“When the uncanny valley isn’t there then the audiences just focus on watching characters and the actors perform, that’s what I’ve heard from people who have watched this movie. I even heard that when people watch the doll scenes that they forget that they’re even dolls. It’s great that people aren’t talking about the thing that could have been the film’s biggest problem.”
This film has moved the world of mocap on, something that hasn’t been done for decades. But what does the VFX world require from the purely photographic world to move it on even further?
“Cameras in general have been getting stunningly better at a crazy pace. We’re already getting all kinds of data off the cameras to help us. What I’m excited for in the future of cameras is products that not only give us data about what was done, how something was shot, but do things like actually sense the depth in a scene and give us real-time camera tracks right out of the camera using optical tracking and gyroscopic data and things like that.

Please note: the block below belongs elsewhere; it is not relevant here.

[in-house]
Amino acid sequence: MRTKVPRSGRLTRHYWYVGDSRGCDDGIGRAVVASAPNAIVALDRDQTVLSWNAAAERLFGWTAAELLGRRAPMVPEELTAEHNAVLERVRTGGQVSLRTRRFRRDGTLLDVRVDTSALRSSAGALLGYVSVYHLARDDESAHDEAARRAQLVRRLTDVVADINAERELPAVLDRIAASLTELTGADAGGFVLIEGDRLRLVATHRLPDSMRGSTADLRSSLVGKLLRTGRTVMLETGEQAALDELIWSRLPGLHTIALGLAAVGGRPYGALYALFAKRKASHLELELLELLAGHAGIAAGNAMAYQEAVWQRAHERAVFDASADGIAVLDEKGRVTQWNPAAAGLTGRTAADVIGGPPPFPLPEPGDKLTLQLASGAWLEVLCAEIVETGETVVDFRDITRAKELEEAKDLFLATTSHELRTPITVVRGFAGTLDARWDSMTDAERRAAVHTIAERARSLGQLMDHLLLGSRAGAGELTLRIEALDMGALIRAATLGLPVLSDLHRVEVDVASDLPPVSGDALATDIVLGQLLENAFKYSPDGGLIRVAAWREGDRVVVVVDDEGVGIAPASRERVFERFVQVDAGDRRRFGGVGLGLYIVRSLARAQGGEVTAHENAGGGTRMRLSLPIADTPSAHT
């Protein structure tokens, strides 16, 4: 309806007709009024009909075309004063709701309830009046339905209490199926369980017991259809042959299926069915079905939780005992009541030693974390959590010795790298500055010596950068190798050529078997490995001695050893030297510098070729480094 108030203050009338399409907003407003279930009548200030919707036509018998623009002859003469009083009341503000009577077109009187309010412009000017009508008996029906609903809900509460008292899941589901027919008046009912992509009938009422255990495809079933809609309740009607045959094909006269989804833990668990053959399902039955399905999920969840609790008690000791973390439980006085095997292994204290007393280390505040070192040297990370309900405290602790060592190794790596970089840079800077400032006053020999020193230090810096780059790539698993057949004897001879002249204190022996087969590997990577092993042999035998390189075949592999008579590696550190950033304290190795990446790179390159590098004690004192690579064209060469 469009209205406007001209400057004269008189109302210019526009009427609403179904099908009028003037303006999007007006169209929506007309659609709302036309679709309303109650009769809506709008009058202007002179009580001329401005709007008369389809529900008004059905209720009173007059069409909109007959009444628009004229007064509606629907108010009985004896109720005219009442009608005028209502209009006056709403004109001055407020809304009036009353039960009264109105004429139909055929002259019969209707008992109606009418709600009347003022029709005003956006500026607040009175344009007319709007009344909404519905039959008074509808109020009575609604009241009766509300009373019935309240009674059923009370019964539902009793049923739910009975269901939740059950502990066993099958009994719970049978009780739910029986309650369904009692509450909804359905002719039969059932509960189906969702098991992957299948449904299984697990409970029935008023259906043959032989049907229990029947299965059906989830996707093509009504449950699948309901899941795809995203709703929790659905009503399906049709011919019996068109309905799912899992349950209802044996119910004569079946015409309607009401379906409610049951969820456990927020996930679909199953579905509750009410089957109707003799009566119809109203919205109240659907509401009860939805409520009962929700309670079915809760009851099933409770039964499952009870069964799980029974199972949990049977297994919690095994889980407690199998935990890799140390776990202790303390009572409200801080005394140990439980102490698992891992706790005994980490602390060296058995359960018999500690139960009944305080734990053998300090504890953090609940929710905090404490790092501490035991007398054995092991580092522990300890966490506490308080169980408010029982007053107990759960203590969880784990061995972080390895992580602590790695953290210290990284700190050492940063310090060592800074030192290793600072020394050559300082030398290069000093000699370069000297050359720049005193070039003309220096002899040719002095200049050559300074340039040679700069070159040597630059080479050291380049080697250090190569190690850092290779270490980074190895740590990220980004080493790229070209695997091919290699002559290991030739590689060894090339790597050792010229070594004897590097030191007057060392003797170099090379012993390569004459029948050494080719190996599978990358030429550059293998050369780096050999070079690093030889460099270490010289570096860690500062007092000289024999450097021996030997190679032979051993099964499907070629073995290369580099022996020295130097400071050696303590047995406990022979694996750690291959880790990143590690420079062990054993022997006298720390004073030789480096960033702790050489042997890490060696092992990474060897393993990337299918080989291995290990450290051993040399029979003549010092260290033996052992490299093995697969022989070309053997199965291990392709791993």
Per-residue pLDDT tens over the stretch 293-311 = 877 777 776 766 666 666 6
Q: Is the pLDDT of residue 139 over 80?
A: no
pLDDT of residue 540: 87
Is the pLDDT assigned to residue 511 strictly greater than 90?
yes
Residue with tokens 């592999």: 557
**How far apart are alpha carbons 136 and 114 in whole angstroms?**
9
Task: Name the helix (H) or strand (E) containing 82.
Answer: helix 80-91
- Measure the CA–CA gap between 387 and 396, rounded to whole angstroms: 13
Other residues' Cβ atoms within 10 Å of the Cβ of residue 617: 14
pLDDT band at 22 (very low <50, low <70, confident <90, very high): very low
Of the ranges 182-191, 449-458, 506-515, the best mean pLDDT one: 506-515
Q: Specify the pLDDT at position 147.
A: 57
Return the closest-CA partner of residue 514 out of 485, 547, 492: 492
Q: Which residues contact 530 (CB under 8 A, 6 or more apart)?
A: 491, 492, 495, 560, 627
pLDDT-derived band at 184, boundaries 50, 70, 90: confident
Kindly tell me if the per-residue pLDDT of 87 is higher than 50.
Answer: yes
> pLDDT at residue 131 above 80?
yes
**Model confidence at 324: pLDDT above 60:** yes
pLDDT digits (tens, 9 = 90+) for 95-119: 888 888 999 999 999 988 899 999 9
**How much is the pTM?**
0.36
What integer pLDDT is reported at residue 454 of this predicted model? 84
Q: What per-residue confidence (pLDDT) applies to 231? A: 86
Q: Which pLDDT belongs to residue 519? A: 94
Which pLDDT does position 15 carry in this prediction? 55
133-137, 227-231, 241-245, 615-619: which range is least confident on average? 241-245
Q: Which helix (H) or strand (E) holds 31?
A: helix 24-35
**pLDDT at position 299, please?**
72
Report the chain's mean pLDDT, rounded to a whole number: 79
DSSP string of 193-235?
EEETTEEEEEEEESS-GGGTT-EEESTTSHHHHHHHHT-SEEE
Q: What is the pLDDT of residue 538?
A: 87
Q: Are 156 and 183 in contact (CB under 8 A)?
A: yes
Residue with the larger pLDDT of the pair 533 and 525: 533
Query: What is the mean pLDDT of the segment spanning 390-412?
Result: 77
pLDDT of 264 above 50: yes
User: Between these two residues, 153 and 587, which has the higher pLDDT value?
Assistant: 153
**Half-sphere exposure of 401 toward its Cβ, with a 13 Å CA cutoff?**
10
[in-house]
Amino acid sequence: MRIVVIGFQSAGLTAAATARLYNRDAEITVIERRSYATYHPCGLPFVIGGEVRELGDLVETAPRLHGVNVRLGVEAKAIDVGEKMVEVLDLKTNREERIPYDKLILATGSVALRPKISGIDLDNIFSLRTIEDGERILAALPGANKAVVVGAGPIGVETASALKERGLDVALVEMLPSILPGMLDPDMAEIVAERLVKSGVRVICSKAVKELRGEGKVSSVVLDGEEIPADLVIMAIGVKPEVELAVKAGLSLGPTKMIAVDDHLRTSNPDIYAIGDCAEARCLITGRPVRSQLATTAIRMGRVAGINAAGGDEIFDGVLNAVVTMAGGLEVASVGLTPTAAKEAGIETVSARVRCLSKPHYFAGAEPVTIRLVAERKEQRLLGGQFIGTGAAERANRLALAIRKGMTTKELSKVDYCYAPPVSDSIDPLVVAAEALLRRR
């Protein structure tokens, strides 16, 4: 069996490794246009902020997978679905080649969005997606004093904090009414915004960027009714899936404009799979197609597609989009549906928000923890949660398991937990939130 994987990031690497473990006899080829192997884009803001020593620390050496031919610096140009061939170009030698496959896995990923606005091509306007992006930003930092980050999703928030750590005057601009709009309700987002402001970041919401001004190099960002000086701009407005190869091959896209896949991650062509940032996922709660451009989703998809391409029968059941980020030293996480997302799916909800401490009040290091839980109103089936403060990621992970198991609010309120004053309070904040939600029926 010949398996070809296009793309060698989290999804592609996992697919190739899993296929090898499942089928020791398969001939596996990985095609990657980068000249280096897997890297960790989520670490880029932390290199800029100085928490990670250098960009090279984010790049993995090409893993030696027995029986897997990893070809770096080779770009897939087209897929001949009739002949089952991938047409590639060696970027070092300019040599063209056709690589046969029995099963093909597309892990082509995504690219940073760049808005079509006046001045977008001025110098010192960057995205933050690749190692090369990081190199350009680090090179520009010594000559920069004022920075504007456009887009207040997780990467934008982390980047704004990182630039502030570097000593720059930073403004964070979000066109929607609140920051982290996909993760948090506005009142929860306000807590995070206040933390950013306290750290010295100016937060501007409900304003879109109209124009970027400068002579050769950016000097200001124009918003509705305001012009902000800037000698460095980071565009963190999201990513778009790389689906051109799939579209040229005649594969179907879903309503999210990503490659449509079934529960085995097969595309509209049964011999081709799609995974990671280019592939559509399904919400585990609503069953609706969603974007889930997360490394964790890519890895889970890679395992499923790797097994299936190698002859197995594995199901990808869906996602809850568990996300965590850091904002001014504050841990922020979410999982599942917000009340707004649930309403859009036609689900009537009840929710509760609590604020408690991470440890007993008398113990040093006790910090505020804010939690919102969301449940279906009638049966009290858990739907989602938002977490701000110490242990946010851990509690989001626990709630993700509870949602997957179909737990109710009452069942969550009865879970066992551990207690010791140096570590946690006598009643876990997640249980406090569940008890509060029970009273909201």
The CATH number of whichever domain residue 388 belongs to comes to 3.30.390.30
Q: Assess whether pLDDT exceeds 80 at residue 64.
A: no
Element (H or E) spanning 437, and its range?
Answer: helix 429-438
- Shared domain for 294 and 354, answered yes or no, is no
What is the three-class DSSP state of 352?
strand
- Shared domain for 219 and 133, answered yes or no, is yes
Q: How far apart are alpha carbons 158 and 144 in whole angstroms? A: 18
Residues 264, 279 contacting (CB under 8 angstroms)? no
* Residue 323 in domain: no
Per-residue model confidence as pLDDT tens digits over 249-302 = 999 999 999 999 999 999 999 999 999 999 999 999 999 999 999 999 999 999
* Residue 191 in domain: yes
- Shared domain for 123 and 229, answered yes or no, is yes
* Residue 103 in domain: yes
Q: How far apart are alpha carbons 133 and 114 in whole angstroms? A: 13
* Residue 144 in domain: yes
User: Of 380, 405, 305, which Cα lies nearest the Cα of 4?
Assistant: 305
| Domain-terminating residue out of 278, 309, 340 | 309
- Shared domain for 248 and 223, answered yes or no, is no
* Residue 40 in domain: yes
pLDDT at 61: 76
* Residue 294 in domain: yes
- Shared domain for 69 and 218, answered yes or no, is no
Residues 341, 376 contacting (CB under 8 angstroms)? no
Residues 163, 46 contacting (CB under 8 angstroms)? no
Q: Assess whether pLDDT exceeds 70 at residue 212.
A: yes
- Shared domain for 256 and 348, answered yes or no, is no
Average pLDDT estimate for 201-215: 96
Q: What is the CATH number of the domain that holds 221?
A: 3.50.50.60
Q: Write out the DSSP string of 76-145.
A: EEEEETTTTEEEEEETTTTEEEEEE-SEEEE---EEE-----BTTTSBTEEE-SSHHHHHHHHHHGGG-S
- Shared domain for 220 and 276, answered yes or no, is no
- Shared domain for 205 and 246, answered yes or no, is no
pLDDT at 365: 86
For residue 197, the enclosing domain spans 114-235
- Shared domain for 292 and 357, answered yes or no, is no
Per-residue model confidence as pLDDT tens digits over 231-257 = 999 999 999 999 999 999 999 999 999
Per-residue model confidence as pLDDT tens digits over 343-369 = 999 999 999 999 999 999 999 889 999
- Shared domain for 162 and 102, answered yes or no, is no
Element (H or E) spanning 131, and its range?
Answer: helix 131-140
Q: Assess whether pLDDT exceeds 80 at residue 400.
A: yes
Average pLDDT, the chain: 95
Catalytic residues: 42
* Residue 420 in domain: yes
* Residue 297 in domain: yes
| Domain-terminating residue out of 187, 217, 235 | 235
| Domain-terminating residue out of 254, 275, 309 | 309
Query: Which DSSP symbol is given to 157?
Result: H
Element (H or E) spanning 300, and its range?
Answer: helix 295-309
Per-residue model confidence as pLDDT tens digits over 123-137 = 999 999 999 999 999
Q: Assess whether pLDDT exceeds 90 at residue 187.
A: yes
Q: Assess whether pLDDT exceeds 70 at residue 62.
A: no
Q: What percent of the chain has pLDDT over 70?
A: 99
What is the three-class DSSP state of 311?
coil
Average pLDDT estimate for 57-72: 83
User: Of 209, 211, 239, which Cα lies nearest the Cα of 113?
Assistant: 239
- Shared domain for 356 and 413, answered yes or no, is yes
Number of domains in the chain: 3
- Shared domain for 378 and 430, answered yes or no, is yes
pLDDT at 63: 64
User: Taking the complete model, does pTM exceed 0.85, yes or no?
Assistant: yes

“Certain technologies out there are getting close to being able to do that. If camera manufacturers can deliver a sense of what the camera is doing in the world in addition to the data they provide already, that would be amazingly beneficial. Also depth information; I would like to never
use a blue screen again, and there are companies working towards that with AI and machine learning to look at imagery and be able to rotoscope something out of the middle of a shot by just pointing at it. It senses that it’s an object and separates it from the background. An increased awareness not just of what a camera is doing but what is it seeing is very exciting.